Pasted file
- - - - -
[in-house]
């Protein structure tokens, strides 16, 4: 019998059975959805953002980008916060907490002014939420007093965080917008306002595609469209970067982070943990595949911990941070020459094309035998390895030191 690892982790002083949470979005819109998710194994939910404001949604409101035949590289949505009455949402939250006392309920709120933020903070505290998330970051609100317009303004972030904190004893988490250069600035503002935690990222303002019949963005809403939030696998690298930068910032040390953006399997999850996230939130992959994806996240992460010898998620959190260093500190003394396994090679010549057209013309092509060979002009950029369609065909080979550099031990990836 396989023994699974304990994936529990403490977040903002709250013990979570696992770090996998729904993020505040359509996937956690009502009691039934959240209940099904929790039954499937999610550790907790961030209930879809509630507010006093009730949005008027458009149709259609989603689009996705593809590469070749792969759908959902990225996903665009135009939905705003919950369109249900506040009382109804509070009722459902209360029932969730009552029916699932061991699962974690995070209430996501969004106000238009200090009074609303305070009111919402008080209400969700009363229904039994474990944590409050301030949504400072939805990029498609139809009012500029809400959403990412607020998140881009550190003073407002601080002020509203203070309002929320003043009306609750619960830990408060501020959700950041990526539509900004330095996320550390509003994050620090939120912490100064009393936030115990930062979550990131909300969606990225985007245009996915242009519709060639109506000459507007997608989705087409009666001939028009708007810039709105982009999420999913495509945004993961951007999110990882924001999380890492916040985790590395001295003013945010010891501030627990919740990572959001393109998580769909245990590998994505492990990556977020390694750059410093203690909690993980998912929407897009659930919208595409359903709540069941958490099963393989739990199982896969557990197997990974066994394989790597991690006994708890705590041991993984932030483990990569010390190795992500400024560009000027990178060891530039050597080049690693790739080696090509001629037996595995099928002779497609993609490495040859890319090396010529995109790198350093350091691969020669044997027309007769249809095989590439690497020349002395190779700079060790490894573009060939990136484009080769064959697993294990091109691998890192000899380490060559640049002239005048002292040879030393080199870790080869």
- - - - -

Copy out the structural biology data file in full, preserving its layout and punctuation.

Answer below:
[in-house]
């Protein structure tokens, strides 16, 4: 019998059975959805953002980008916060907490002014939420007093965080917008306002595609469209970067982070943990595949911990941070020459094309035998390895030191 690892982790002083949470979005819109998710194994939910404001949604409101035949590289949505009455949402939250006392309920709120933020903070505290998330970051609100317009303004972030904190004893988490250069600035503002935690990222303002019949963005809403939030696998690298930068910032040390953006399997999850996230939130992959994806996240992460010898998620959190260093500190003394396994090679010549057209013309092509060979002009950029369609065909080979550099031990990836 396989023994699974304990994936529990403490977040903002709250013990979570696992770090996998729904993020505040359509996937956690009502009691039934959240209940099904929790039954499937999610550790907790961030209930879809509630507010006093009730949005008027458009149709259609989603689009996705593809590469070749792969759908959902990225996903665009135009939905705003919950369109249900506040009382109804509070009722459902209360029932969730009552029916699932061991699962974690995070209430996501969004106000238009200090009074609303305070009111919402008080209400969700009363229904039994474990944590409050301030949504400072939805990029498609139809009012500029809400959403990412607020998140881009550190003073407002601080002020509203203070309002929320003043009306609750619960830990408060501020959700950041990526539509900004330095996320550390509003994050620090939120912490100064009393936030115990930062979550990131909300969606990225985007245009996915242009519709060639109506000459507007997608989705087409009666001939028009708007810039709105982009999420999913495509945004993961951007999110990882924001999380890492916040985790590395001295003013945010010891501030627990919740990572959001393109998580769909245990590998994505492990990556977020390694750059410093203690909690993980998912929407897009659930919208595409359903709540069941958490099963393989739990199982896969557990197997990974066994394989790597991690006994708890705590041991993984932030483990990569010390190795992500400024560009000027990178060891530039050597080049690693790739080696090509001629037996595995099928002779497609993609490495040859890319090396010529995109790198350093350091691969020669044997027309007769249809095989590439690497020349002395190779700079060790490894573009060939990136484009080769064959697993294990091109691998890192000899380490060559640049002239005048002292040879030393080199870790080869």